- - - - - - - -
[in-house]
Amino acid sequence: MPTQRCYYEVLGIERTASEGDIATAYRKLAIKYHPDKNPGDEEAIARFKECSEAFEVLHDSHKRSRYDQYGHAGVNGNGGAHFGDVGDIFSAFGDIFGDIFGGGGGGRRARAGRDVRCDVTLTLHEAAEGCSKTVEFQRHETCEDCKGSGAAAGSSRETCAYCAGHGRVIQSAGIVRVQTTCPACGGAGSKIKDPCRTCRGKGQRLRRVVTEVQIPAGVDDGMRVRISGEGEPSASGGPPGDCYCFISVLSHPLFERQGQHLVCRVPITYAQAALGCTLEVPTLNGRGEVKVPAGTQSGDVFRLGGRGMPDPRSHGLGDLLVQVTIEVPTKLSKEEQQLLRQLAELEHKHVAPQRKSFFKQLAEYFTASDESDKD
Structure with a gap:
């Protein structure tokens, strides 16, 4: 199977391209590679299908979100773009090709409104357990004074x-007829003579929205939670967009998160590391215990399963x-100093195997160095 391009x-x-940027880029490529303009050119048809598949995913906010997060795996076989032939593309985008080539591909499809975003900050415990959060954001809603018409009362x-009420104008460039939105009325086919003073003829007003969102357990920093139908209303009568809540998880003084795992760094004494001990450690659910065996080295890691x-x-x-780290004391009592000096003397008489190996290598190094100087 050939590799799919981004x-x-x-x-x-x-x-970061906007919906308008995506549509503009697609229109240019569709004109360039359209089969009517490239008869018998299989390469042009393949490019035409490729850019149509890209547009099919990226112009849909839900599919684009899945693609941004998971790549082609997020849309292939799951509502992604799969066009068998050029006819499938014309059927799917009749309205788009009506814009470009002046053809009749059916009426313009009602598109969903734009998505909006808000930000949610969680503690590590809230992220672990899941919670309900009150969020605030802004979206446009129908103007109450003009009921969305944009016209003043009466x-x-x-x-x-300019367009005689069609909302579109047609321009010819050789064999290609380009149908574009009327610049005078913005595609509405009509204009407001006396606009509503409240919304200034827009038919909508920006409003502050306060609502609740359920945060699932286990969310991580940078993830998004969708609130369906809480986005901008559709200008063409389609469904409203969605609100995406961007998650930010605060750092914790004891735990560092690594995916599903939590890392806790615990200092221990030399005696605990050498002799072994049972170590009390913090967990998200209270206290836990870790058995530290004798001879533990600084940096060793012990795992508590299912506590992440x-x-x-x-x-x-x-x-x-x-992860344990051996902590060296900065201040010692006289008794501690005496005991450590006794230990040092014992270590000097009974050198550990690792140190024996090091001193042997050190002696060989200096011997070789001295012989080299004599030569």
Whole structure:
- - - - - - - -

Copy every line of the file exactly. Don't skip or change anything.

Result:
[in-house]
Amino acid sequence: MPTQRCYYEVLGIERTASEGDIATAYRKLAIKYHPDKNPGDEEAIARFKECSEAFEVLHDSHKRSRYDQYGHAGVNGNGGAHFGDVGDIFSAFGDIFGDIFGGGGGGRRARAGRDVRCDVTLTLHEAAEGCSKTVEFQRHETCEDCKGSGAAAGSSRETCAYCAGHGRVIQSAGIVRVQTTCPACGGAGSKIKDPCRTCRGKGQRLRRVVTEVQIPAGVDDGMRVRISGEGEPSASGGPPGDCYCFISVLSHPLFERQGQHLVCRVPITYAQAALGCTLEVPTLNGRGEVKVPAGTQSGDVFRLGGRGMPDPRSHGLGDLLVQVTIEVPTKLSKEEQQLLRQLAELEHKHVAPQRKSFFKQLAEYFTASDESDKD
Structure with a gap:
């Protein structure tokens, strides 16, 4: 199977391209590679299908979100773009090709409104357990004074x-007829003579929205939670967009998160590391215990399963x-100093195997160095 391009x-x-940027880029490529303009050119048809598949995913906010997060795996076989032939593309985008080539591909499809975003900050415990959060954001809603018409009362x-009420104008460039939105009325086919003073003829007003969102357990920093139908209303009568809540998880003084795992760094004494001990450690659910065996080295890691x-x-x-780290004391009592000096003397008489190996290598190094100087 050939590799799919981004x-x-x-x-x-x-x-970061906007919906308008995506549509503009697609229109240019569709004109360039359209089969009517490239008869018998299989390469042009393949490019035409490729850019149509890209547009099919990226112009849909839900599919684009899945693609941004998971790549082609997020849309292939799951509502992604799969066009068998050029006819499938014309059927799917009749309205788009009506814009470009002046053809009749059916009426313009009602598109969903734009998505909006808000930000949610969680503690590590809230992220672990899941919670309900009150969020605030802004979206446009129908103007109450003009009921969305944009016209003043009466x-x-x-x-x-300019367009005689069609909302579109047609321009010819050789064999290609380009149908574009009327610049005078913005595609509405009509204009407001006396606009509503409240919304200034827009038919909508920006409003502050306060609502609740359920945060699932286990969310991580940078993830998004969708609130369906809480986005901008559709200008063409389609469904409203969605609100995406961007998650930010605060750092914790004891735990560092690594995916599903939590890392806790615990200092221990030399005696605990050498002799072994049972170590009390913090967990998200209270206290836990870790058995530290004798001879533990600084940096060793012990795992508590299912506590992440x-x-x-x-x-x-x-x-x-x-992860344990051996902590060296900065201040010692006289008794501690005496005991450590006794230990040092014992270590000097009974050198550990690792140190024996090091001193042997050190002696060989200096011997070789001295012989080299004599030569």
Whole structure: